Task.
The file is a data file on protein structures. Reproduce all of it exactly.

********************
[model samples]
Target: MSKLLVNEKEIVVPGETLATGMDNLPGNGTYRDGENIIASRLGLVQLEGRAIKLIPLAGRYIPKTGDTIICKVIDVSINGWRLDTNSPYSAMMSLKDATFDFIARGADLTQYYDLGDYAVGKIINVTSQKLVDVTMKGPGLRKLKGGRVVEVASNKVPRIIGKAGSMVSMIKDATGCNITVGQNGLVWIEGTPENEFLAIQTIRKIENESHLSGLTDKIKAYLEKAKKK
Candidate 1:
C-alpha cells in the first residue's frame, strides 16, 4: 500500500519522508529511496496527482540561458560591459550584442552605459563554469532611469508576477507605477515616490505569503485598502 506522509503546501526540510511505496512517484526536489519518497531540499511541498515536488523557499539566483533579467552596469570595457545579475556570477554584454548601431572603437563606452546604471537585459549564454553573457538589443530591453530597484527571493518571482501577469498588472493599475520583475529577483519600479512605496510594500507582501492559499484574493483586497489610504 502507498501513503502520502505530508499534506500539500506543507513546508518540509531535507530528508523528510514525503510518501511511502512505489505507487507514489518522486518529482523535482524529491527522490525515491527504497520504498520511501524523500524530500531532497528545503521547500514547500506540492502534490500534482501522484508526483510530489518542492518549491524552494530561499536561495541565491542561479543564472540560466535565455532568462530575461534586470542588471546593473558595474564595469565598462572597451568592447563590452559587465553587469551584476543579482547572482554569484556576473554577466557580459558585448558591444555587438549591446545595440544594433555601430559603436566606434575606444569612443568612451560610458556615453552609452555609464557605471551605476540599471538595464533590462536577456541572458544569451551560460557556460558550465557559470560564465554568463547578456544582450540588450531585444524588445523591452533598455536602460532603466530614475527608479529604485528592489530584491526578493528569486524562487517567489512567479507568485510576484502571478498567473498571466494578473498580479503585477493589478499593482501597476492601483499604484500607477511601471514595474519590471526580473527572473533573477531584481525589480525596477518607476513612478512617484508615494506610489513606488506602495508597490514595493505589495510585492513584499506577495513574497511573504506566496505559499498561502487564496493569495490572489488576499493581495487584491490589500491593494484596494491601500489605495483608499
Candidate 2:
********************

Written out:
[model samples]
Target: MSKLLVNEKEIVVPGETLATGMDNLPGNGTYRDGENIIASRLGLVQLEGRAIKLIPLAGRYIPKTGDTIICKVIDVSINGWRLDTNSPYSAMMSLKDATFDFIARGADLTQYYDLGDYAVGKIINVTSQKLVDVTMKGPGLRKLKGGRVVEVASNKVPRIIGKAGSMVSMIKDATGCNITVGQNGLVWIEGTPENEFLAIQTIRKIENESHLSGLTDKIKAYLEKAKKK
Candidate 1:
C-alpha cells in the first residue's frame, strides 16, 4: 500500500519522508529511496496527482540561458560591459550584442552605459563554469532611469508576477507605477515616490505569503485598502 506522509503546501526540510511505496512517484526536489519518497531540499511541498515536488523557499539566483533579467552596469570595457545579475556570477554584454548601431572603437563606452546604471537585459549564454553573457538589443530591453530597484527571493518571482501577469498588472493599475520583475529577483519600479512605496510594500507582501492559499484574493483586497489610504 502507498501513503502520502505530508499534506500539500506543507513546508518540509531535507530528508523528510514525503510518501511511502512505489505507487507514489518522486518529482523535482524529491527522490525515491527504497520504498520511501524523500524530500531532497528545503521547500514547500506540492502534490500534482501522484508526483510530489518542492518549491524552494530561499536561495541565491542561479543564472540560466535565455532568462530575461534586470542588471546593473558595474564595469565598462572597451568592447563590452559587465553587469551584476543579482547572482554569484556576473554577466557580459558585448558591444555587438549591446545595440544594433555601430559603436566606434575606444569612443568612451560610458556615453552609452555609464557605471551605476540599471538595464533590462536577456541572458544569451551560460557556460558550465557559470560564465554568463547578456544582450540588450531585444524588445523591452533598455536602460532603466530614475527608479529604485528592489530584491526578493528569486524562487517567489512567479507568485510576484502571478498567473498571466494578473498580479503585477493589478499593482501597476492601483499604484500607477511601471514595474519590471526580473527572473533573477531584481525589480525596477518607476513612478512617484508615494506610489513606488506602495508597490514595493505589495510585492513584499506577495513574497511573504506566496505559499498561502487564496493569495490572489488576499493581495487584491490589500491593494484596494491601500489605495483608499
Candidate 2: